Sueanne Gola is a Kamilaroi (Aboriginal) woman and Clinical Psychologist who has worked in mainstream mental health for 15 years says World Mental Health Day (yesterday) was an opportunity to share and showcase First Nations perspectives of Mental Wellness such as the Social and Emotional Wellbeing (SEWB) Framework. The framework takes into account the complexity and holistic nature of our experiences of mental wellbeing and includes connection to land, culture, and community. SEWB also takes into account the historical, political and societal experiences continuing to impact on our experiences of individual and community mental wellness and mental illness.  

Yesterday, she said, was also an opportunity to talk about infant mental health. Infant mental health is well established worldwide, however across much of Australia is still a relatively unknown and fledgling area of mental health. Ms Gola supports families in the first weeks of an infant’s life as they get to know the unique addition to their family. She gets to work with families to support the social and emotional development of their young children and most importantly support parents to improve the mental wellness of the family unit which aides in the recovery from intergenerational trauma and provides the next generation with a strong foundation of mental wellness.

Ms Gola said that lastly, but no less importantly, yesterday was an opportunity to reflect on Mental Wellness. All too often we talk about mental illnesses and what can be done to reduce a) symptom severity or b) the impact of mental illness symptoms on the individual and/or society. Yesterday was an opportunity to have conversations about Mental Wellness.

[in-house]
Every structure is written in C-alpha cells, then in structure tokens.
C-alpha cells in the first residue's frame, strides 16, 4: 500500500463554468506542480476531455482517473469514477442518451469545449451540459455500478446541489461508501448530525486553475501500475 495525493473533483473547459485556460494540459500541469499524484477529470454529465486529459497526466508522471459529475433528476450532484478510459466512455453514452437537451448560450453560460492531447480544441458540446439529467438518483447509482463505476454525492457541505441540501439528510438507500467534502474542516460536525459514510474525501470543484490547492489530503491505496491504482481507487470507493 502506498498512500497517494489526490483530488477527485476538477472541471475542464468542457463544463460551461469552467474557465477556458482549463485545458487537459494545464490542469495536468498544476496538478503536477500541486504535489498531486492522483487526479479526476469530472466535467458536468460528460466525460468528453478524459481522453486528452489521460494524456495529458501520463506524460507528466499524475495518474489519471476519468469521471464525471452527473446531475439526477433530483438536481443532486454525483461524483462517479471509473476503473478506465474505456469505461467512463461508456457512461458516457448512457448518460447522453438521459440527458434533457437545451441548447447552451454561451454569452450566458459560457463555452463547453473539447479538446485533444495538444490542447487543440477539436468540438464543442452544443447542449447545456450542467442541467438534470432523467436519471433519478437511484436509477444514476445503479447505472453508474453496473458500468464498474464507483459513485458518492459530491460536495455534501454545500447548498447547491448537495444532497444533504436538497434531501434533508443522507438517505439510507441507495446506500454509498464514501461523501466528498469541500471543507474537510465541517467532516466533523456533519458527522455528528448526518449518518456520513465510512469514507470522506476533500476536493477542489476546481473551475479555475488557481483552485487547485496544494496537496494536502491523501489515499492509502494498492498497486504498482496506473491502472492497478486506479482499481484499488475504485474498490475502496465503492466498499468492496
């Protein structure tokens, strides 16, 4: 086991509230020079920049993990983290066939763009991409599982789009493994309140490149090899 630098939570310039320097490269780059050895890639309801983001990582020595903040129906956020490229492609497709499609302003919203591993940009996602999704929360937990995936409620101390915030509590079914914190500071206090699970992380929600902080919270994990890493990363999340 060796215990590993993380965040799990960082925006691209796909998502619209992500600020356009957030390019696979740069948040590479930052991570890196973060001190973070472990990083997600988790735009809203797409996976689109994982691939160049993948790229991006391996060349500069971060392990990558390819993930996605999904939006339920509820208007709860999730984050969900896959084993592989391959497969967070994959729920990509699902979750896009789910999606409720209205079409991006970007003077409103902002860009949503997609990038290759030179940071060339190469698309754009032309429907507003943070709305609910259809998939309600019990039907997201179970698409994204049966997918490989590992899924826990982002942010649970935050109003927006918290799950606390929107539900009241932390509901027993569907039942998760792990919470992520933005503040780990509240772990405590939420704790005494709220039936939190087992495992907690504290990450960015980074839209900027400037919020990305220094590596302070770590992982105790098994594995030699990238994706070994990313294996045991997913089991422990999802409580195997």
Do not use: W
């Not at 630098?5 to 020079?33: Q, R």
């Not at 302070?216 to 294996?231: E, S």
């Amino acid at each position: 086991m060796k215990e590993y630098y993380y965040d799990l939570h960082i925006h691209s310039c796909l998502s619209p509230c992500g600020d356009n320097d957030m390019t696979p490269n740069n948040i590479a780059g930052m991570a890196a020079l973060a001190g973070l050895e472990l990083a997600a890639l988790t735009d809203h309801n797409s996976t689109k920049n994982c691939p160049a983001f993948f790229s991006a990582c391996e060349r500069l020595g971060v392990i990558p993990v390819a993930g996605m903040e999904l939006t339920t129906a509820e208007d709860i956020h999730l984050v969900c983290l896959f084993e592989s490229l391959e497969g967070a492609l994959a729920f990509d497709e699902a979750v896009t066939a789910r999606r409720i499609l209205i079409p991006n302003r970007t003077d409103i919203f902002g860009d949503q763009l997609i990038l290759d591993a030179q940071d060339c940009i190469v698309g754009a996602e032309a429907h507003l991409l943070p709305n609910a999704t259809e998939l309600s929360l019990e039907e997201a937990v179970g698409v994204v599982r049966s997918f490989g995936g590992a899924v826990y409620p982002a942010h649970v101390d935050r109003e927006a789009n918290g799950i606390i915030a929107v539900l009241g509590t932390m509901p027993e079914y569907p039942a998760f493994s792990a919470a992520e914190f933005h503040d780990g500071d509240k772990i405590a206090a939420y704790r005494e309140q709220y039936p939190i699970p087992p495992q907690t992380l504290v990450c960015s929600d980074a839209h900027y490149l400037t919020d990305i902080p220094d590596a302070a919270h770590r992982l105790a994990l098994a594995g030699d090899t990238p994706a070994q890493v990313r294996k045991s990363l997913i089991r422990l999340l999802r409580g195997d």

To view the Indigenous Allied Health Australia (IAHA) article Celebrating 2022 World Mental Health Day with IAHA Member Sueanne Gola, Clinical Psychologist/Infant Mental Health Clinician in full click here.

Image source:

ACCHO recipients of oral health grants

While Australia has seen substantial improvements in oral health over recent years, we are beginning to see this positive trend decline in disadvantaged and remote communities. In fact, Australians from the lowest socioeconomic backgrounds are now almost half as likely to consult a dental professional, and nine times more likely to suffer complete tooth loss. While there are a number of factors at play, barriers such as lower access to dental facilities, financial pressures, and lower health literacy all contribute to Australia’s dental health inequity.